Abstract 10574: Folic Acid Activates eNOS Through CaMKII-Mediated Phosphorylation and Increased Membrane Targeting
Folic acid improves endothelial function via modulation of endothelial nitric oxide synthase (eNOS) phosphorylation status/activity and regulatory protein interactions. While Ca2+/calmodulin (CaM) interaction, CaM-dependent kinase II (CaMKII)-dependent phosphorylation and subcellular translocation also play a pivotal role in eNOS activation the effects of folic acid thereon are unknown. In the present study cultured primary porcine aortic endothelial cells (PAEC) were exposed to folic acid (0-50 µM, 24 hours) before lysate eNOS, CaM, CaMKII, caveolin-1 (Cav-1) and actin levels were measured via western blot. Co-immunoprecipitation was used to extract eNOS-associated proteins before western blotting for CaM. Separation of membrane and cytosolic fractions or light Cav-1-enriched membranes from heavy membranes was achieved by ultracentrifugation or discontinuous sucrose gradient ultracentrifugation respectively before eNOS, Cav-1 and actin detection by western blot. PAEC were exposed to CaMKII inhibitors (autocamtide-2-related inhibitory peptide 80 nM or CaMKIINtide 1 µM) in the absence or presence of folic acid (50 µM) and eNOS Ser635 and Ser1177 phosphorylation status, total eNOS and actin levels determined via western blot. Activity of eNOS was measured via cGMP assay. Exposure to folic acid did not alter total eNOS, CaM, CaMKII, Cav-1 or actin levels. The association of eNOS with CaM also remained unaltered. A significant (p<0.05) concentration-dependent increase in the proportion of membrane localised eNOS was observed following folic acid treatment. However, there was no redistribution of eNOS between light Cav-1 enriched membranes and heavy membranes. CaMKII inhibition prevented folic acid-induced changes in eNOS Ser635 and Ser1177 phosphorylation as well as eNOS activation. In conclusion, folic acid activates eNOS via CaMKII-mediated phosphorylation in the absence of increased eNOS/CaM association. Activation is accompanied by increased translocation of eNOS to cellular membranes. This effect on eNOS activity may underlie the folic acid-mediated improvement in endothelial function described by many previous studies.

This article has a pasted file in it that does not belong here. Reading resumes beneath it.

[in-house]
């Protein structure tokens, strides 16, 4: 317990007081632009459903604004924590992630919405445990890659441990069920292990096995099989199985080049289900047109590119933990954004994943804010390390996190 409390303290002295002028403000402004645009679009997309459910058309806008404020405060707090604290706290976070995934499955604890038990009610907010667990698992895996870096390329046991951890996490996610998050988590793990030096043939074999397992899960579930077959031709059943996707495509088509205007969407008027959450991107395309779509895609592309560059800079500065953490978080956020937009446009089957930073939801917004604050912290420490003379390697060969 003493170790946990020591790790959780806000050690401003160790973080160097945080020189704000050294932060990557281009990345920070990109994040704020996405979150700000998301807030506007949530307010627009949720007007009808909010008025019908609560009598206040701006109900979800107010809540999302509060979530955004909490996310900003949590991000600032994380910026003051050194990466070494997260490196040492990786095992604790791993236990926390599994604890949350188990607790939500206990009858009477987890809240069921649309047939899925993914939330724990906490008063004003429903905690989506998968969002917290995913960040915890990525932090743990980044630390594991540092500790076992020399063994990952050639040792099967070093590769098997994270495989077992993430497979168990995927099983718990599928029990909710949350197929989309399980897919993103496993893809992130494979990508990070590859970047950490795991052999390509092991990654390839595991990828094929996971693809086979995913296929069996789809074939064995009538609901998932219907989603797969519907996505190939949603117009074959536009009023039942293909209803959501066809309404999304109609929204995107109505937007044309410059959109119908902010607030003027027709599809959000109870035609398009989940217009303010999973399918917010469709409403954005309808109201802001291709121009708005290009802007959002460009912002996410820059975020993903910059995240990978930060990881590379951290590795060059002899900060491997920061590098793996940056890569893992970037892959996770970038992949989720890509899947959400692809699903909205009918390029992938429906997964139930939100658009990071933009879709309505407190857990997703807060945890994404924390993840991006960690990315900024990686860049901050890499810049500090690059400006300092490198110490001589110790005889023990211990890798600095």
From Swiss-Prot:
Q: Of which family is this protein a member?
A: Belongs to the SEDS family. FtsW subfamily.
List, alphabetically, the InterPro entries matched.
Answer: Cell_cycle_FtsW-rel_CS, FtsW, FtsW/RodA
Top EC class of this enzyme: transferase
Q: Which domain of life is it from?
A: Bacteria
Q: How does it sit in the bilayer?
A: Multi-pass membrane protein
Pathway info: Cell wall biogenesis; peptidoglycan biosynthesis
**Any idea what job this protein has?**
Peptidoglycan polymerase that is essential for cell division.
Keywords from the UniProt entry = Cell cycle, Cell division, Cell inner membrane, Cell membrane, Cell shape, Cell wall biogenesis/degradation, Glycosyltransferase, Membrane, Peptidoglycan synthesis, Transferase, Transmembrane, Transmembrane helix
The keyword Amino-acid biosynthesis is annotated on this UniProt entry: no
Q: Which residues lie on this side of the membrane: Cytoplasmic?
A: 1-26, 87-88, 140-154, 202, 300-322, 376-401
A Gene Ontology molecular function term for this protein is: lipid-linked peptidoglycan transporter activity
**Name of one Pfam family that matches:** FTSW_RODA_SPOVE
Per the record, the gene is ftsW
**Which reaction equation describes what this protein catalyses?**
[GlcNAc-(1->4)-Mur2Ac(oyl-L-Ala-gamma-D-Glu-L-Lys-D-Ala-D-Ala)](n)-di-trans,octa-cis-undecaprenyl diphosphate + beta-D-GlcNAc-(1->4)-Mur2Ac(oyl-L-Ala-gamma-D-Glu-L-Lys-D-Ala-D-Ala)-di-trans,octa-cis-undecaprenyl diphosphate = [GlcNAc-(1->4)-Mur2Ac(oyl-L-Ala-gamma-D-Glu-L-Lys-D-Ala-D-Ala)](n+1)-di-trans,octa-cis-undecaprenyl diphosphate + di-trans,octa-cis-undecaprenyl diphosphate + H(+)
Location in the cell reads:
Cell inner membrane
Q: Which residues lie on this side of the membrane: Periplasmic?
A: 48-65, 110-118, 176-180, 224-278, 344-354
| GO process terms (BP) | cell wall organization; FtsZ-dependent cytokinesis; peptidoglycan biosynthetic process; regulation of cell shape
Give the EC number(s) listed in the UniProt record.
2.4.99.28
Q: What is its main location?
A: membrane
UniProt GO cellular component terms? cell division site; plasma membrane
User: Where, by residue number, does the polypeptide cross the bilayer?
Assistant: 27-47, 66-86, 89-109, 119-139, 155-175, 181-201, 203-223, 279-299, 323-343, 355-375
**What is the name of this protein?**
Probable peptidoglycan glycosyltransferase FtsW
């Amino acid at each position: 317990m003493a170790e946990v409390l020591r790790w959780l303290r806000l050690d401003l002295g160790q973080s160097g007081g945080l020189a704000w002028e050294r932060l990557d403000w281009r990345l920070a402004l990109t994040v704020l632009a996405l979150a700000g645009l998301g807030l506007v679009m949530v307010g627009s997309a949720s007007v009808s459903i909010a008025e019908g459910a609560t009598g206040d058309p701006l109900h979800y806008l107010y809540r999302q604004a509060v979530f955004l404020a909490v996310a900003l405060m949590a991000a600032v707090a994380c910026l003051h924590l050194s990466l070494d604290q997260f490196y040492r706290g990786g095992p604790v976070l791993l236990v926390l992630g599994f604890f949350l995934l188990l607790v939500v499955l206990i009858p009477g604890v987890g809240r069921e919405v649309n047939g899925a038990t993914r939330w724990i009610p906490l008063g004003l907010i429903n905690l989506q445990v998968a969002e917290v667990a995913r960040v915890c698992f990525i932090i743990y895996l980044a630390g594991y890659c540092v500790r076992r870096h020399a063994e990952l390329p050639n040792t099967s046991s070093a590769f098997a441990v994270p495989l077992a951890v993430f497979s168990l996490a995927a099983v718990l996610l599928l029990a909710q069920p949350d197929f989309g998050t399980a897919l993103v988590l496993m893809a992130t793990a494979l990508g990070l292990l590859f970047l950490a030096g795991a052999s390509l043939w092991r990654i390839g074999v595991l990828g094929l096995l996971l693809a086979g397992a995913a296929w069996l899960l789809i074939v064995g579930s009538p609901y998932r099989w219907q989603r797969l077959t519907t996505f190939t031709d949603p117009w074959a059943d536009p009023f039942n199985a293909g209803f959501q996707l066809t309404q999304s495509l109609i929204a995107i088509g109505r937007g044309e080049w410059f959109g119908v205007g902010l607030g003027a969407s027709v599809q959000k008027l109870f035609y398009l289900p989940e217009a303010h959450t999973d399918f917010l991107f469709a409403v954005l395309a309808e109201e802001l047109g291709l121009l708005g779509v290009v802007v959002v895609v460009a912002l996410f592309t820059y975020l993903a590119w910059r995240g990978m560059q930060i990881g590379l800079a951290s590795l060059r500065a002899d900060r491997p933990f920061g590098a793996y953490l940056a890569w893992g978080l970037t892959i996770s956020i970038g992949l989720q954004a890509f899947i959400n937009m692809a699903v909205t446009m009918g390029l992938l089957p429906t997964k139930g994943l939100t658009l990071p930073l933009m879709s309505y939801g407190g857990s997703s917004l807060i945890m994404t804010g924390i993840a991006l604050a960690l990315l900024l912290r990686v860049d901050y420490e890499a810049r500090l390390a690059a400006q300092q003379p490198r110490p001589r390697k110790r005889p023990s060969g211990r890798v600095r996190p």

- © 2011 by American Heart Association, Inc.